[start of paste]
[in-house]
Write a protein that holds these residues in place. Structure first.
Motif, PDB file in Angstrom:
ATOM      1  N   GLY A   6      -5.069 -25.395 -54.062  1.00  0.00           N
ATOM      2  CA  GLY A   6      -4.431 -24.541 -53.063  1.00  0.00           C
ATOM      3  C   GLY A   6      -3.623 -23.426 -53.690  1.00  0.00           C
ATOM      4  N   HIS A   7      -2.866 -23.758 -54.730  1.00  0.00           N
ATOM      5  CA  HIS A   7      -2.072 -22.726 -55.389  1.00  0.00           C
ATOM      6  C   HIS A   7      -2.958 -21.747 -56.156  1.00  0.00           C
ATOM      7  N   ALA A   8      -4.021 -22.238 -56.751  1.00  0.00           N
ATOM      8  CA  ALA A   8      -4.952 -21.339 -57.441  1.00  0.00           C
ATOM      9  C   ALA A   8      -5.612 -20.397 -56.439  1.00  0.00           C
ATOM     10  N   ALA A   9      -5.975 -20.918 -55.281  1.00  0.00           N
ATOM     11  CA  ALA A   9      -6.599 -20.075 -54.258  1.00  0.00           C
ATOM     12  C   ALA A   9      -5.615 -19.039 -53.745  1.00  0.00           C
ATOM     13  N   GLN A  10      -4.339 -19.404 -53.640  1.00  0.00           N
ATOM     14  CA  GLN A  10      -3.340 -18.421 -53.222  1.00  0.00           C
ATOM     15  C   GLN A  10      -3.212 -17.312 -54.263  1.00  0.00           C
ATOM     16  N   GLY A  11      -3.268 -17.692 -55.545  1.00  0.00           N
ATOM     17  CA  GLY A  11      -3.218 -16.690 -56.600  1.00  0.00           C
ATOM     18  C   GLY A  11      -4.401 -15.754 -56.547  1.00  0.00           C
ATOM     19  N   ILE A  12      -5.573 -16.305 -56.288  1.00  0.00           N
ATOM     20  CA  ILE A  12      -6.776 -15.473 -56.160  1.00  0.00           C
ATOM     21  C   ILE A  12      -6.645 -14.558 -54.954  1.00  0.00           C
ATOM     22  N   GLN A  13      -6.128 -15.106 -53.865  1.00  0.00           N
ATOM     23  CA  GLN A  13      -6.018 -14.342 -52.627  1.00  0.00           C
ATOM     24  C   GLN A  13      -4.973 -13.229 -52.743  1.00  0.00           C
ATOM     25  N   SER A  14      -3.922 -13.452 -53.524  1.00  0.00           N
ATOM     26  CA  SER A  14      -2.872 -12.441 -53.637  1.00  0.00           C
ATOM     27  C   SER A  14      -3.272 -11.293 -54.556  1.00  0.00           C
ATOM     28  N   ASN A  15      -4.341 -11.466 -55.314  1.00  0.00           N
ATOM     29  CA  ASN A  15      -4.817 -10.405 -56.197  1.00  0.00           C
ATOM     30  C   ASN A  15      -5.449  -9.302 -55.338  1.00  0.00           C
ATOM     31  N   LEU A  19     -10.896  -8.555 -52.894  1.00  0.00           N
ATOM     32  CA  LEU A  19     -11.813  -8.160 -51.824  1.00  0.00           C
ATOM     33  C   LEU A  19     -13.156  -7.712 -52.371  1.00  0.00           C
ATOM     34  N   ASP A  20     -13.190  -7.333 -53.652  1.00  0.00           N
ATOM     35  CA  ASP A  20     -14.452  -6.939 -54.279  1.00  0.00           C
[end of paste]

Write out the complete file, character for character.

[in-house]
Write a protein that holds these residues in place. Structure first.
Motif, PDB file in Angstrom:
ATOM      1  N   GLY A   6      -5.069 -25.395 -54.062  1.00  0.00           N
ATOM      2  CA  GLY A   6      -4.431 -24.541 -53.063  1.00  0.00           C
ATOM      3  C   GLY A   6      -3.623 -23.426 -53.690  1.00  0.00           C
ATOM      4  N   HIS A   7      -2.866 -23.758 -54.730  1.00  0.00           N
ATOM      5  CA  HIS A   7      -2.072 -22.726 -55.389  1.00  0.00           C
ATOM      6  C   HIS A   7      -2.958 -21.747 -56.156  1.00  0.00           C
ATOM      7  N   ALA A   8      -4.021 -22.238 -56.751  1.00  0.00           N
ATOM      8  CA  ALA A   8      -4.952 -21.339 -57.441  1.00  0.00           C
ATOM      9  C   ALA A   8      -5.612 -20.397 -56.439  1.00  0.00           C
ATOM     10  N   ALA A   9      -5.975 -20.918 -55.281  1.00  0.00           N
ATOM     11  CA  ALA A   9      -6.599 -20.075 -54.258  1.00  0.00           C
ATOM     12  C   ALA A   9      -5.615 -19.039 -53.745  1.00  0.00           C
ATOM     13  N   GLN A  10      -4.339 -19.404 -53.640  1.00  0.00           N
ATOM     14  CA  GLN A  10      -3.340 -18.421 -53.222  1.00  0.00           C
ATOM     15  C   GLN A  10      -3.212 -17.312 -54.263  1.00  0.00           C
ATOM     16  N   GLY A  11      -3.268 -17.692 -55.545  1.00  0.00           N
ATOM     17  CA  GLY A  11      -3.218 -16.690 -56.600  1.00  0.00           C
ATOM     18  C   GLY A  11      -4.401 -15.754 -56.547  1.00  0.00           C
ATOM     19  N   ILE A  12      -5.573 -16.305 -56.288  1.00  0.00           N
ATOM     20  CA  ILE A  12      -6.776 -15.473 -56.160  1.00  0.00           C
ATOM     21  C   ILE A  12      -6.645 -14.558 -54.954  1.00  0.00           C
ATOM     22  N   GLN A  13      -6.128 -15.106 -53.865  1.00  0.00           N
ATOM     23  CA  GLN A  13      -6.018 -14.342 -52.627  1.00  0.00           C
ATOM     24  C   GLN A  13      -4.973 -13.229 -52.743  1.00  0.00           C
ATOM     25  N   SER A  14      -3.922 -13.452 -53.524  1.00  0.00           N
ATOM     26  CA  SER A  14      -2.872 -12.441 -53.637  1.00  0.00           C
ATOM     27  C   SER A  14      -3.272 -11.293 -54.556  1.00  0.00           C
ATOM     28  N   ASN A  15      -4.341 -11.466 -55.314  1.00  0.00           N
ATOM     29  CA  ASN A  15      -4.817 -10.405 -56.197  1.00  0.00           C
ATOM     30  C   ASN A  15      -5.449  -9.302 -55.338  1.00  0.00           C
ATOM     31  N   LEU A  19     -10.896  -8.555 -52.894  1.00  0.00           N
ATOM     32  CA  LEU A  19     -11.813  -8.160 -51.824  1.00  0.00           C
ATOM     33  C   LEU A  19     -13.156  -7.712 -52.371  1.00  0.00           C
ATOM     34  N   ASP A  20     -13.190  -7.333 -53.652  1.00  0.00           N
ATOM     35  CA  ASP A  20     -14.452  -6.939 -54.279  1.00  0.00           C